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Obviously, sponsorship dollars are very important, but what about the purses at NHRA? How important is prize money to a team like yours?

Skuza: It could be extremely important, but as it sits, it isn’t. Right now, if you do the math there’s just no way you could survive on prize money. But it’s not just NHRA; if you look at motorsports across the board I’m not sure there’s any where you could get by on prize money alone. It’s almost always been dependent on corporate sponsors. You see on the Internet message boards all the time, people saying, ‘Wow, look what 40th got in Cup!’ and ‘Why can’t drag racing be like that?’ But that racing is x amount of times more expensive to do and I’m telling you, if you put a pencil to it, it’s not all that different in terms of proportion.

But if you look at the way our sport has escalated over the last 10 or 20 years, I’ve got to agree with the general consensus that the prize money hasn’t grown with it. I mean, how about this? The prize money hasn’t even covered the cost-of-living increases, let alone the leaps and bounds the sport has taken. I understand their [NHRA’s] standpoint in they’re trying to grow the sport, but there is no sport without cars, and boy, with the way the economy is right now it sure would be nice to have a good increase [in prize money].

What about next season then, is it realistic for us to expect you out there?

Skuza: Yeah, it is. We’re very close with a number of companies, and to be honest, I thought we would’ve had something by July or August. The companies that I’ve been talking to happen to be finalizing their budgets extremely late, which is fine, but it usually takes months to get things ready.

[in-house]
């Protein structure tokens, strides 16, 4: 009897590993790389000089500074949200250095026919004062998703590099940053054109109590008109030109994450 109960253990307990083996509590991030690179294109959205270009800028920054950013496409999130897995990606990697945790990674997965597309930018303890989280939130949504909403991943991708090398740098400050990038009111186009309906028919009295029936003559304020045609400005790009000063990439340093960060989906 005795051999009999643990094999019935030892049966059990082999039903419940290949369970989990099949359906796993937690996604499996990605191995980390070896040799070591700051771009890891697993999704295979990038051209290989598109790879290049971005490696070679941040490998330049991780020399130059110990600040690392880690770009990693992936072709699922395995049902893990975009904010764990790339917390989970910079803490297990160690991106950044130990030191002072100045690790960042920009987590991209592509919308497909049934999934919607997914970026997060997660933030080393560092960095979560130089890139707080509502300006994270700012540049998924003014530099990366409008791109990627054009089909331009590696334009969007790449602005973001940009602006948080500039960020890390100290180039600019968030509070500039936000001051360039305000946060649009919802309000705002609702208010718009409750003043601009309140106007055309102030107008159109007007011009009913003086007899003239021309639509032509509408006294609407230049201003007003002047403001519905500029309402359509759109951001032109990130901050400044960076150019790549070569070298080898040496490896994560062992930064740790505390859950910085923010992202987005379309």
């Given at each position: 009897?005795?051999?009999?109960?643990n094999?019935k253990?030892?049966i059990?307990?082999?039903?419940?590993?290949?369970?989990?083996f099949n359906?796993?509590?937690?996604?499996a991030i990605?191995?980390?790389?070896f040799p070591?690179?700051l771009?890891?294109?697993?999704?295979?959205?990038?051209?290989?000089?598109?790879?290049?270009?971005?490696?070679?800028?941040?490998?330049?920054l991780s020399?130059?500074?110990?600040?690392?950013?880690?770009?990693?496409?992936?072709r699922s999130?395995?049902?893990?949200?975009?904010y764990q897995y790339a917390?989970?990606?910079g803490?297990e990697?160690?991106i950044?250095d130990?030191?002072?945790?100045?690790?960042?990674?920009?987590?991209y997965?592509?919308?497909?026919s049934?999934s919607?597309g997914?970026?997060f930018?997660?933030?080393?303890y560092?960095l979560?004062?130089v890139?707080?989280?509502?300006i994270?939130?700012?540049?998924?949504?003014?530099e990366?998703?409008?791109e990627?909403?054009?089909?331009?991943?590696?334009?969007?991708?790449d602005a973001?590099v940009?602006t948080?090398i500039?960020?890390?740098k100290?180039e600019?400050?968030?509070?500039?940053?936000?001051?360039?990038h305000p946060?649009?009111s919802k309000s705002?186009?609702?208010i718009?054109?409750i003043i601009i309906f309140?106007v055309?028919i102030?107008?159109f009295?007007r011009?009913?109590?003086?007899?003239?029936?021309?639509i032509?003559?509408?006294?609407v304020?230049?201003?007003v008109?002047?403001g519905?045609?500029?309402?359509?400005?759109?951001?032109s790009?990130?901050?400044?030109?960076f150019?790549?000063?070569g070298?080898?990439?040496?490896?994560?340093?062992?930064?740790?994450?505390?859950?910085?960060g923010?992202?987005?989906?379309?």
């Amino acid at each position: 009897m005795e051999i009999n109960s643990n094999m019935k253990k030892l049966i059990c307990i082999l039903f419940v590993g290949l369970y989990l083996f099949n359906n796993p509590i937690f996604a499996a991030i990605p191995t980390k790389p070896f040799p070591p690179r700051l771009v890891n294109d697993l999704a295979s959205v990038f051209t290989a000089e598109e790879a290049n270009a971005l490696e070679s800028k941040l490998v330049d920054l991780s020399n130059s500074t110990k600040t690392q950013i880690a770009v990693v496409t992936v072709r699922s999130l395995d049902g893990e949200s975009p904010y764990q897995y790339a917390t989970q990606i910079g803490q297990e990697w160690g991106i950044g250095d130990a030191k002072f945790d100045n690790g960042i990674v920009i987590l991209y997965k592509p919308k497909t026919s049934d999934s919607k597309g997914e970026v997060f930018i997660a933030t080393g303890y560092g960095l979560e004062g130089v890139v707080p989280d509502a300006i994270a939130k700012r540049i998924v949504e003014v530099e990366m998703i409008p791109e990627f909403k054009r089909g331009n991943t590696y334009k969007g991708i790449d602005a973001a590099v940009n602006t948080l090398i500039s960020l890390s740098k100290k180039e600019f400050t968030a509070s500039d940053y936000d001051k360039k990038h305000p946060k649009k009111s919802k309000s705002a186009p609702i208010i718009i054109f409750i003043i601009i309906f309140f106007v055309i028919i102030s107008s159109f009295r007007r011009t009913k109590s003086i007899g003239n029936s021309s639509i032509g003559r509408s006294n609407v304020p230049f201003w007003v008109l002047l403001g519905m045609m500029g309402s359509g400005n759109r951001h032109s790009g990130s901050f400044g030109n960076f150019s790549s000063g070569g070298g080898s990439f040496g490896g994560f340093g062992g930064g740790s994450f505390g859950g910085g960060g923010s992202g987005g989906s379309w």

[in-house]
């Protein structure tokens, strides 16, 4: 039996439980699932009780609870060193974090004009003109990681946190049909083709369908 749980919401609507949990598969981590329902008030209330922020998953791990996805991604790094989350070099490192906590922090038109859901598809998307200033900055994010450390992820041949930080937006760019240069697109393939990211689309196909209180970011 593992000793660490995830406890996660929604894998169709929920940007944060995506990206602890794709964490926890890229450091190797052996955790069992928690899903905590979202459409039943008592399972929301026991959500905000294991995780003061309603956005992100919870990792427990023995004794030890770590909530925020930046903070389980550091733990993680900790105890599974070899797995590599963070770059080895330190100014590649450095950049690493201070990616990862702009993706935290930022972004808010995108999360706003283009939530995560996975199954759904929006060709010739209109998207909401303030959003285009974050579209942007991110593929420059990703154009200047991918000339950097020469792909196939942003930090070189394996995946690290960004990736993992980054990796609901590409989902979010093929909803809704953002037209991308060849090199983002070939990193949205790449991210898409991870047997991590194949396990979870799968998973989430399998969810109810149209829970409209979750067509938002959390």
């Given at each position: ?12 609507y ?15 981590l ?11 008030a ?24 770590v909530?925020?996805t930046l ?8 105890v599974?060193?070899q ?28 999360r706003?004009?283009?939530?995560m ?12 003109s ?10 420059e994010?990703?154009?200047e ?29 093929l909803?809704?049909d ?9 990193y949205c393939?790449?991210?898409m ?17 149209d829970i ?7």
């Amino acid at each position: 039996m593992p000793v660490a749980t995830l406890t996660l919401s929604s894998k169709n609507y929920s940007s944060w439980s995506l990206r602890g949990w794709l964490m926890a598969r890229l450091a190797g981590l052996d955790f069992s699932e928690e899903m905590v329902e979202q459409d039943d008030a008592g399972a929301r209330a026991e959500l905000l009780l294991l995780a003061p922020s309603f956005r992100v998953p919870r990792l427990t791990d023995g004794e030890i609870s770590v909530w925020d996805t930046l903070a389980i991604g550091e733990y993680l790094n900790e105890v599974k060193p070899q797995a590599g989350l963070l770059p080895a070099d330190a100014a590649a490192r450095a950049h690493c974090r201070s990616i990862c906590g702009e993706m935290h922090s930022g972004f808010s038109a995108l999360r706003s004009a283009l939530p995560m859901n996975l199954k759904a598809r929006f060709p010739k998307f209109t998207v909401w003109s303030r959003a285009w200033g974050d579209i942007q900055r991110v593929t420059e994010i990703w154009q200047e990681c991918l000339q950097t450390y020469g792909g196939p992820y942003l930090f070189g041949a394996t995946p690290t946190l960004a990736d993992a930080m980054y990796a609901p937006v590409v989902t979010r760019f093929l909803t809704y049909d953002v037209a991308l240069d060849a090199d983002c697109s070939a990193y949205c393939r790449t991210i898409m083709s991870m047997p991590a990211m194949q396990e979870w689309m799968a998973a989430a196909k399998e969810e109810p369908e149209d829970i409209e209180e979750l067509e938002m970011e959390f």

We’re in a good position, though, because we’re turn-key ready. If we went to contract today, I could be ready to race next weekend. That’s how quickly we can react. No, we won’t be spit-shine polished, but we can be there and we’d probably qualify the car. I firmly believe that. So, we’re poised and ready to go. I just wish we could get something finalized so I could sleep a lot better.

If you’re ready to go at a moment’s notice, who would be calling the shots on your tune-up?

Skuza: Brian Corradi. Right now he’s been kind of working part-time with Jim Dunn. He goes to all the races and advises Jim and oversees the crew there. It works out good for both of us because it keeps him on our payroll and Jim helps out so we each get a good deal on the value of Brian Corradi himself. Plus it keeps Brian actively involved with what’s going on at the track and keeps him ready to go.

Are you looking forward to the 2005 season?

Skuza: I’m looking forward to getting back out there, but what I really want to put across is that I want to get back out there the right way. I don’t think I ever want to race again like we did in 2003, even though we did enjoy some success. Trying to do it on a shoestring is a big, stressful deal and not the way we want to race and not the way we want to present ourselves.

With a plain, black paint scheme in 2003, Skuza managed to make a good showing , but it was always apparent that he needed more corporate aid to keep up with the front runners in the class. (Ian Tocher photo)

Up and Down with the Flying Housewife,
Paula Murphy, part



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